Chaplin’s ‘The Gold Rush’ – A Cure For Depression

Chaplin's 'The Gold Rush' - A Cure For Depression

An old girlfriend who was prone to the blues often looked for simple ways to cure her small depressions. Take a walk, call a friend, avoid me, whatever it took. One of her favorite remedies was repeatedly playing a few moments from Charlie Chaplin’s “The Gold Rush.”

The scene she’d always fast-forward to is not far from the end, just after Chaplin’s Little Tramp, now stuck in the Yukon, fantasizes about a cabin dinner party for the prettiest girls in town. To entertain these impossibly lovely saloon ladies, he sticks a couple of buns with forks and performs a dance on the table top, the utensils and bread becoming tiny legs and feet.

The famous “Oceana Roll” scene is really what Chaplin and his career were about. The wistful and pleased look on his face as he does his improvisational jig is an invitation to just enjoy, in surprisingly sentimental ways that almost always find a humanistic chord in the viewer. It’s an offer that’s hard to resist.

“The Gold Rush” (available on DVD, streaming video and occasionally on Turner Classic Movies) came out in 1925, well after Chaplin had established himself with a series of imaginative, pathos-rich shorts. His earliest full-length masterpiece, it takes much from the shorter pictures stylistically while expanding the Little Tramp, the Everyman character Chaplin became famous for.

Unlike the era’s other great comedian, Buster Keaton, Chaplin wasn’t much interested in a crafted narrative. He preferred to approach a movie as a chain of comic opportunities that didn’t require a well-tuned story line to keep the audience involved. This is the contrast between comedy and tragedy. If the pieces were brilliant, he reasoned, the whole would be brilliant.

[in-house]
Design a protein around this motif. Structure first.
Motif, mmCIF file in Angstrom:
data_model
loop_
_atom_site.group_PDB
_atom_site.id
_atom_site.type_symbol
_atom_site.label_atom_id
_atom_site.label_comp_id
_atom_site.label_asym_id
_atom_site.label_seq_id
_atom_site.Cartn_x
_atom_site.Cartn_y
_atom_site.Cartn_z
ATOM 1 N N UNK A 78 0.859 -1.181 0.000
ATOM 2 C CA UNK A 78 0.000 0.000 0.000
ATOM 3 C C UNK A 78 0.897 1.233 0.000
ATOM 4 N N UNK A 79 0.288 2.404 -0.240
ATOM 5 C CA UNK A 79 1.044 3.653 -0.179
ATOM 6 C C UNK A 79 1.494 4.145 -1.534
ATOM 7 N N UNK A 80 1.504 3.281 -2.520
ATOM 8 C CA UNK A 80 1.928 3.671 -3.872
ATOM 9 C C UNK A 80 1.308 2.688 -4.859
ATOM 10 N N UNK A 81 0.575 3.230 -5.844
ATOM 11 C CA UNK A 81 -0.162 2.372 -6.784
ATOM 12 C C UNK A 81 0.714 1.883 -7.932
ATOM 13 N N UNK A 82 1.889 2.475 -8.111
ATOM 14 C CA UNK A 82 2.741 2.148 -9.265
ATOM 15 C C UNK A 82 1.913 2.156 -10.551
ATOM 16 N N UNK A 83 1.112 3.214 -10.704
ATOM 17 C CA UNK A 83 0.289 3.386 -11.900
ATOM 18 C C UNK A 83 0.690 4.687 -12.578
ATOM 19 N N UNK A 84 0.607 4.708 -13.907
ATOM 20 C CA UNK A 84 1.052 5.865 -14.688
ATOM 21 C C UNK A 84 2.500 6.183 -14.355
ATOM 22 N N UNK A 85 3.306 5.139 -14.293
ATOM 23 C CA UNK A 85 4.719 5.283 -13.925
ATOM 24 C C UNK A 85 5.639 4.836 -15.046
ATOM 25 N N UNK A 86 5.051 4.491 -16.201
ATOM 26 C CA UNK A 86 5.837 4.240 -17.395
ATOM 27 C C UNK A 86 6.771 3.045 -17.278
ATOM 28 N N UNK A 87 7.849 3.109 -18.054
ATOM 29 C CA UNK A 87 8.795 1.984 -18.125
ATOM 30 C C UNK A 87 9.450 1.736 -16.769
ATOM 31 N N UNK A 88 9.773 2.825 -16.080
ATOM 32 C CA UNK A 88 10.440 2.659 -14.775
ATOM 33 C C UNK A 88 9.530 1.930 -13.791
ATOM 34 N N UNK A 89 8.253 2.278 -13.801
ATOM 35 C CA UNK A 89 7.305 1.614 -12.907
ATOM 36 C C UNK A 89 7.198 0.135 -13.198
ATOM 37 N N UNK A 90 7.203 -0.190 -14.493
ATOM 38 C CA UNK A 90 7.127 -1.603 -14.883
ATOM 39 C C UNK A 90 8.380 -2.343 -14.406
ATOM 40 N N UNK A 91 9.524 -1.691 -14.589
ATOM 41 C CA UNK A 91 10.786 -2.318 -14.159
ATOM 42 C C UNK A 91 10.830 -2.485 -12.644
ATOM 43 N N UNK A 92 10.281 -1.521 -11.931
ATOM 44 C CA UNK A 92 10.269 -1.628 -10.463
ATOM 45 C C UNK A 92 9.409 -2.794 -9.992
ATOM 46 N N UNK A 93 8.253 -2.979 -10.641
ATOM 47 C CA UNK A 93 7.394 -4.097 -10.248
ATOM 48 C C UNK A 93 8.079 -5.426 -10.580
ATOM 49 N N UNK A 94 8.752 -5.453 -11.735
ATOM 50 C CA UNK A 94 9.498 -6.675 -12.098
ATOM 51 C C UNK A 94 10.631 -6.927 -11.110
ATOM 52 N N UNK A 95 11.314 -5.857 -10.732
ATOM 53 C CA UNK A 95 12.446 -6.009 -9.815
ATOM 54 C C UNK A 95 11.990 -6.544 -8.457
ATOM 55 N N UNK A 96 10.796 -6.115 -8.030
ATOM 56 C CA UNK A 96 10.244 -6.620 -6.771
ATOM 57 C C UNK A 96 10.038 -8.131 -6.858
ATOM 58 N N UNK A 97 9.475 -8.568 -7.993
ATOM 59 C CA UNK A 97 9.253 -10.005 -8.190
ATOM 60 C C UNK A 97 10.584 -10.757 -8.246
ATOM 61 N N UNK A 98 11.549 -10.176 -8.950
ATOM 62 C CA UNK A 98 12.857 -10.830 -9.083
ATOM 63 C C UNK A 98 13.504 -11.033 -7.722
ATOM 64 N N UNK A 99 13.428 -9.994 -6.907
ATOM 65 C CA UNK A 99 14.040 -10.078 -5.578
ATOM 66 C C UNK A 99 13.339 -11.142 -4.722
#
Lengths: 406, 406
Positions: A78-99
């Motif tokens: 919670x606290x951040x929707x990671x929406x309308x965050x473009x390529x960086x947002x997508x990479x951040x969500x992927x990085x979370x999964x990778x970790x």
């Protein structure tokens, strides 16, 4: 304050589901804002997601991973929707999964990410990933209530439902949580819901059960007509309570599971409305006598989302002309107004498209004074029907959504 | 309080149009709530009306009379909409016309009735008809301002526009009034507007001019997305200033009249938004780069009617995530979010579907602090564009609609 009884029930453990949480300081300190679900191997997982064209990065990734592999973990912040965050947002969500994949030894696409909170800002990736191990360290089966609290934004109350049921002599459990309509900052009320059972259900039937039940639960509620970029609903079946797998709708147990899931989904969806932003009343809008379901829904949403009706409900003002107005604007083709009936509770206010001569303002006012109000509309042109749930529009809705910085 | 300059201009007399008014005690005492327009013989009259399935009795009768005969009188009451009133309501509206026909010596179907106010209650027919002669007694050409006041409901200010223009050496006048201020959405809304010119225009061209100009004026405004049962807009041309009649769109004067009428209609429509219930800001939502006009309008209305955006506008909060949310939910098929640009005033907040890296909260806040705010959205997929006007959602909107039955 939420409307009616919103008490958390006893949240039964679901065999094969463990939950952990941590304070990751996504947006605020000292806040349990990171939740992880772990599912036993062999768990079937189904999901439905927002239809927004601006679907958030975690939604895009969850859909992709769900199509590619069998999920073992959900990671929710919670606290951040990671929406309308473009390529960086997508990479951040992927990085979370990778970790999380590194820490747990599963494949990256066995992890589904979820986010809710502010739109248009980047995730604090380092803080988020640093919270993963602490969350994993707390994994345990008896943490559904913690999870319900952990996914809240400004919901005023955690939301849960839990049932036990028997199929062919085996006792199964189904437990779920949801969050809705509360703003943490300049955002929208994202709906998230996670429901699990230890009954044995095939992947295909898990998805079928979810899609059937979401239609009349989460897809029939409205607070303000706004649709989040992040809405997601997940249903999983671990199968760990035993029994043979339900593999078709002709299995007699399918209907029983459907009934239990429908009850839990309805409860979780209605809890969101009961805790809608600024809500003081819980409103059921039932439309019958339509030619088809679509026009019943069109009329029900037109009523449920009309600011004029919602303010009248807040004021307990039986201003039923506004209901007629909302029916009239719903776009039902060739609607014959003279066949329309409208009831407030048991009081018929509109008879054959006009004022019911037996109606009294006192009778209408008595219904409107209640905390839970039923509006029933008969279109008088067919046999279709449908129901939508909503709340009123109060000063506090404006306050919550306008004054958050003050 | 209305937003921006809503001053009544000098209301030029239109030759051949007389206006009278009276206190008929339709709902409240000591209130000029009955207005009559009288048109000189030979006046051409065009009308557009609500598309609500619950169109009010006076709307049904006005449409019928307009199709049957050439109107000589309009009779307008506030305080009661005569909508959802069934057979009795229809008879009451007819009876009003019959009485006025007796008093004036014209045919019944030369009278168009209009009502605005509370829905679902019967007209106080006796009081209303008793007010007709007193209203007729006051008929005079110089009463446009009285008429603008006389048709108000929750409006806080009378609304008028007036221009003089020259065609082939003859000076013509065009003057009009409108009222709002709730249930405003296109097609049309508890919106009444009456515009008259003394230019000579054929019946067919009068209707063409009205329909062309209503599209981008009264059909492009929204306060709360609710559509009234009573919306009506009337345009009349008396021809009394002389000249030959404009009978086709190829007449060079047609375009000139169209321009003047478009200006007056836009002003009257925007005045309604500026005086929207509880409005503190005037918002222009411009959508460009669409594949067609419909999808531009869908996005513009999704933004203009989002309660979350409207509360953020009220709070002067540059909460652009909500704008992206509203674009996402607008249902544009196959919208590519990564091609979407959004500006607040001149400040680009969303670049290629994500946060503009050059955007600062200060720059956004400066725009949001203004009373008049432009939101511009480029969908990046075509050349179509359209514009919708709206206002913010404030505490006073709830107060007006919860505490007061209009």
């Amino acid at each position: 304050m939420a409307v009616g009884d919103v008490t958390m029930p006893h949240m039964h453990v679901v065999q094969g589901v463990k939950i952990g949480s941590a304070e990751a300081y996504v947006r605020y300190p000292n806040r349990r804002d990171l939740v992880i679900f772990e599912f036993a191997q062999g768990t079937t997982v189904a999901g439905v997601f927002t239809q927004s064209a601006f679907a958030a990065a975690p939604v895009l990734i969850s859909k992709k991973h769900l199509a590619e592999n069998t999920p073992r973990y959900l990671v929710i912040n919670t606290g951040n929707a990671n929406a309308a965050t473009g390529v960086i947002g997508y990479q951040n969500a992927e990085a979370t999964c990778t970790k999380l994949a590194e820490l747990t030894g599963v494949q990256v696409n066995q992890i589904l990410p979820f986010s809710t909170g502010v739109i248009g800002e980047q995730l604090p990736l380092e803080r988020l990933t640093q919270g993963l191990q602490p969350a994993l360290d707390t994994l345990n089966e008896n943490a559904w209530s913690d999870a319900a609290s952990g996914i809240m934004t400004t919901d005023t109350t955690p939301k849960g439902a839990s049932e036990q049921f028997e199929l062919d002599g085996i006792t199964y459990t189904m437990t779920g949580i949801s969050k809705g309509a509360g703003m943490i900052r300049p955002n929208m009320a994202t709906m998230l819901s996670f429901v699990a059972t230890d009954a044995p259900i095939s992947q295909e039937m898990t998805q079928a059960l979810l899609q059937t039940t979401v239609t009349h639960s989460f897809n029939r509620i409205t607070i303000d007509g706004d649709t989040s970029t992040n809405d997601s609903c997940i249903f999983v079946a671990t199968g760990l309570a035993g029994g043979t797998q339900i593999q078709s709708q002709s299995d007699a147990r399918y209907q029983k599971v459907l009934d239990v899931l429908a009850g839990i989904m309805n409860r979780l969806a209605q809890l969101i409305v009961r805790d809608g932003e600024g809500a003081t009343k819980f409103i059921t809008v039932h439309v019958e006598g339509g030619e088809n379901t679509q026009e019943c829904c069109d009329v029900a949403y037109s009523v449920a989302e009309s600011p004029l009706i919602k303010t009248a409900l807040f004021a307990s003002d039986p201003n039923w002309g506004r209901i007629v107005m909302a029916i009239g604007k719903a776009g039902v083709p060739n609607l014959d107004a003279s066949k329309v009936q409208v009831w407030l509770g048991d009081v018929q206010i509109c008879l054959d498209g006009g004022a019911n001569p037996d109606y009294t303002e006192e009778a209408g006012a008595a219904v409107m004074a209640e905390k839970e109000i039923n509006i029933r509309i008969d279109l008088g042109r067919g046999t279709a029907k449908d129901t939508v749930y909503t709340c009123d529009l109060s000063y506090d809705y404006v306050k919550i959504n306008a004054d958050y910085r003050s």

“The Gold Rush” is typically slim on plot. Chaplin, described here as “The Lone Prospector,” is in Alaska searching for his fortune but is soon caught in a blizzard. Seeking shelter, he ends up in a cabin with Black Larson (Tom Murray), an outlaw, and Big Jim (Mack Swain), another prospector.

Some of Chaplin’s best-known bits ensue: On the verge of starvation, he boils a shoe and delicately eats it, twirling the shoestrings like spaghetti. Later, Big Jim, now delirious, imagines Chaplin’s character as a giant chicken, giving Chaplin the excuse for an inspired impersonation.

The movie’s second half finds Chaplin’s character in town, mainly trying to survive the hard men around him and woo Georgia (Georgia Hale), the queen of the local watering hole. Of course, this court and spark is mostly fizzle, but Chaplin’s blues are soon fixed.

What made Chaplin unique to the silent film comedy was the layer of emotion he brought to his projects. Before him, the humor was based more on hard slapstick than character identification, and his Little Tramp became one of film’s most recognizable creations. It’s pretty obvious, but audiences adored Chaplin simply because they saw themselves in his hapless but always dignified alter-ego.

Director’s cue: Movie lovers, you may also want to take a look at Orson Welles’ Citizen Kane and Casablanca.